What is DNS?
DNS or Domain Name System is very simply a way of making the internet simpler for the end-user. It translates names to numbers. The best analogy I can think of is that it's like a phonebook. You can look-up a number using a name. In the computing world, this 'number' would be a computer's unique identifier, called an IP address. The name would be what we call a domain name and usually describes what the machine's purpose is. For example, www.example.com could represent 192.168.1.10.
Why are they really cool?
Think about all the sites you visit in a day. Would you remember all of those numerical addresses? Probably not, but you could remember a domain name. Now put yourself in the shoes of someone having to manage large infrastructure.
Let's assume you need to make a change to the addressing scheme. Without DNS you might have to edit the respective addresses on all machines that communicate. A DNS server being implemented make a simple file entry be all that was needed. The domain name used would resolve to a different address and potentially scale to thousands of machines, saving hours and hours of work. You can even split your domain down even further to create hierarchy, such as www.blog.example.com.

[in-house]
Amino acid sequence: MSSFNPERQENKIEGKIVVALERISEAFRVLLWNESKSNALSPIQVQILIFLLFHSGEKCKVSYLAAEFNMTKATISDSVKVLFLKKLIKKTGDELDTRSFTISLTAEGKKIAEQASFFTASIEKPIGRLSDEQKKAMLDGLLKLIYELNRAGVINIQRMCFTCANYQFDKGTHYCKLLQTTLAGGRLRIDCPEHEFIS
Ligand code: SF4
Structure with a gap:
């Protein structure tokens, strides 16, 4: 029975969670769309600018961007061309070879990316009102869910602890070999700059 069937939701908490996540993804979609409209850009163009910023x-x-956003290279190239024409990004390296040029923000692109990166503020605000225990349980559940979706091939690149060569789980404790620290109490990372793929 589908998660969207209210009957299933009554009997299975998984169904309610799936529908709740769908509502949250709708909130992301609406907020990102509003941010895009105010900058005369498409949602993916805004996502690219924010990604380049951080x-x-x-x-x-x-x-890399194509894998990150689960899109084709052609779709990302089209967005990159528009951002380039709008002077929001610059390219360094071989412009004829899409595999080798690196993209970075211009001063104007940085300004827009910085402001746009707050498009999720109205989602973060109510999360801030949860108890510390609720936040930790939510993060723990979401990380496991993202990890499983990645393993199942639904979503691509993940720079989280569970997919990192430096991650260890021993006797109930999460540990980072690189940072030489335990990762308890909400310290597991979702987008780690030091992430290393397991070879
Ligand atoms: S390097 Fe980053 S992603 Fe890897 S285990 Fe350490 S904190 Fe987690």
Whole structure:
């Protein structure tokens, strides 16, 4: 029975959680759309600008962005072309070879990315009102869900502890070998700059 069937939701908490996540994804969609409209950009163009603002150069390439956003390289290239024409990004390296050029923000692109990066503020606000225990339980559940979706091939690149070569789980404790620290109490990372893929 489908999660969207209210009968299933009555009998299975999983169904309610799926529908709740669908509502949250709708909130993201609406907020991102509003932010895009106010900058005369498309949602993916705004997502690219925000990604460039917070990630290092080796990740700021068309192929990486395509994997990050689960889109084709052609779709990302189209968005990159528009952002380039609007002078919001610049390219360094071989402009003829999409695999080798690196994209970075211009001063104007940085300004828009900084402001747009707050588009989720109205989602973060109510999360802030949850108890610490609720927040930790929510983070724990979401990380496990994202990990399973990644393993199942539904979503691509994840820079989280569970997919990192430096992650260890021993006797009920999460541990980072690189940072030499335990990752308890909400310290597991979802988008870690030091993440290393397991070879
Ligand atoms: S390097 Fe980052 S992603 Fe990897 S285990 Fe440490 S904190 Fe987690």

How can I use it?
You can pretty much use a domain/hostname in place of any IP address field. It will query a local DNS server for what we call an "authoritative" response, which simply means it's trusted; it comes from the local network. In essence, it is comparable to using a variable in infrastructure that gives you a higher degree of control.
There are other uses also, namely something we call load balancing. Noticing slow traffic or simply want redundancy? DNS would let you give a set of IPs the same name so that traffic is sent to them in a round-robin style. Let's say you have 5 servers, each would get a 5th of what they would without that which can increase performance and stability in a huge way.
Coming to sysadmins and registrars near you...